A Nigerian, Eno Mfon, has received wide praise from social media users for shaming a lecturer who told her there was “no space” for black writers on her course.
Mfon, a Bristol University graduate reacted positively to the racial abuse after the same lecturer later paid to watch her performance that received rave reviews from theatre critics.
The Nigerian born who is basking in the euphoria of her success recounted her experience in a facebook and Instagram posts, that have gone viral, she said, “the only black kid” on her course and was told by one of the head lecturers that “there’s no space for black theatre makers on the curriculum.
“So you spend three years learning about Chekhov and Carol Ann Duffy but then realise that you can write your own stuff for lil black girls and so you do that, and sell out the Bristol Old Vic and the lecturer that told you there’s no space for you, pays to watch you perform.”
Mfon took to the stage at the Bristol Old Vic earlier this year with her “witty and thought-provoking” play, Check the Label, an intimate piece based on the student’s own experience of growing up “in dark skin,” Independent reported.
The British paper said Check the Labe, was told through poetry, childhood games, and music – everything from nursery rhymes to Dizzee Rascal – Mfon’s play was praised for exploring the “damaging effects of Eurocentric beauty standards” and the distance this creates between women of colour.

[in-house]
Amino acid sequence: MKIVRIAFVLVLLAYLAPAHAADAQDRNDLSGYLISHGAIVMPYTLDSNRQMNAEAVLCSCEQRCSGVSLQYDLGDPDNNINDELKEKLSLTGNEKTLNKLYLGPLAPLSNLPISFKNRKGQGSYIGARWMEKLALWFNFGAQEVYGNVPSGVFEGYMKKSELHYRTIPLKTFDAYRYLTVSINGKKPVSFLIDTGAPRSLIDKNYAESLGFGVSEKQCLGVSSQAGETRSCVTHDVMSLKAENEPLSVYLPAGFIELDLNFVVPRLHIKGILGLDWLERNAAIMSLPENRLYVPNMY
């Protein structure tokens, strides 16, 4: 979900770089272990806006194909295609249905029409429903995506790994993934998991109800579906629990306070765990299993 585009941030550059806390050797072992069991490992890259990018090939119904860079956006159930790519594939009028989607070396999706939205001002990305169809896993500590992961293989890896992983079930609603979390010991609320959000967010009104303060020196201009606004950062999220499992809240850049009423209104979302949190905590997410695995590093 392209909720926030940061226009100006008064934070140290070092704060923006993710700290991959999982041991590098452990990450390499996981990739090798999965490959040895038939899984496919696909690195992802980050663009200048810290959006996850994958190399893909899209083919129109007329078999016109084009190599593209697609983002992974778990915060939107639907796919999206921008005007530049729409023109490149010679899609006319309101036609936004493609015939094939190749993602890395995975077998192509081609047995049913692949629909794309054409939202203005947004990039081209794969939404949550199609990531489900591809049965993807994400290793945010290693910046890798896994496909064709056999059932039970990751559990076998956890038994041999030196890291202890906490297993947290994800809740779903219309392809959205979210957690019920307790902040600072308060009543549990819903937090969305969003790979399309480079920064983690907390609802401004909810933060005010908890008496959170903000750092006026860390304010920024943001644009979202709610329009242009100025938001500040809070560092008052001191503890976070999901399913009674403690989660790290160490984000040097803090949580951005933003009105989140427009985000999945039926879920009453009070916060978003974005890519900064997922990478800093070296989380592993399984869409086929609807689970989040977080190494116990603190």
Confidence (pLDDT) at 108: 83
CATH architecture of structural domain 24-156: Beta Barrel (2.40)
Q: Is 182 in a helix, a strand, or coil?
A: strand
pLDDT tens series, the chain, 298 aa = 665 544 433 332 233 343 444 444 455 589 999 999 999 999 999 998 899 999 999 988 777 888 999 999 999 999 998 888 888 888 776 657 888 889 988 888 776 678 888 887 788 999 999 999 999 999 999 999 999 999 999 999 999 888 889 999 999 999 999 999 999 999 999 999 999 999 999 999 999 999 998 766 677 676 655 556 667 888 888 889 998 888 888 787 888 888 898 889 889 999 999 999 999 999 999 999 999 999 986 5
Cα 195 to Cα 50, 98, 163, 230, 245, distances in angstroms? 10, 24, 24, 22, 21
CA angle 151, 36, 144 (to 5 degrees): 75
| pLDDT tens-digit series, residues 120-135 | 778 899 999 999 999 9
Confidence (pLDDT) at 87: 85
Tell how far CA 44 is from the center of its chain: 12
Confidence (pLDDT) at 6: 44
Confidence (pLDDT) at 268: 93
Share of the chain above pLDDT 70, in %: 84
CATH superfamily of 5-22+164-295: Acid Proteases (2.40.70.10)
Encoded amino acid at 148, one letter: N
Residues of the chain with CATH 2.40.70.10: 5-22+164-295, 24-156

“During my second year, I decided to confront the experience of colourism and skin bleaching which permeates the black and Asian community.
“When I was growing up, I noticed visible changes in some of the women around me. There were little signs that revealed the use of lightening cream. I knew how to spot the signs, but I never understood the wider implications of this; it was a taboo subject that no one dared to address.
“Through Check the Label, I attempted to say what many young black girls, including myself, once struggled to articulate,” she told Independent.
Dr Catherine Hindson, head of theatre at the university, described how she had spoken with Mfon about her post and “apologised that she had this negative experience.”
She told the Independent: “I’ve invited her to meet with me in September to talk through and get her feedback on changes we’ve made to the curriculum. She agreed her experience studying here was, on the whole, a very positive one, leading to many opportunities to showcase her talents.
“The university has made a strong commitment to increasing diversity in its new strategy, and we’ve broadened out the curriculum significantly across the faculty of arts.”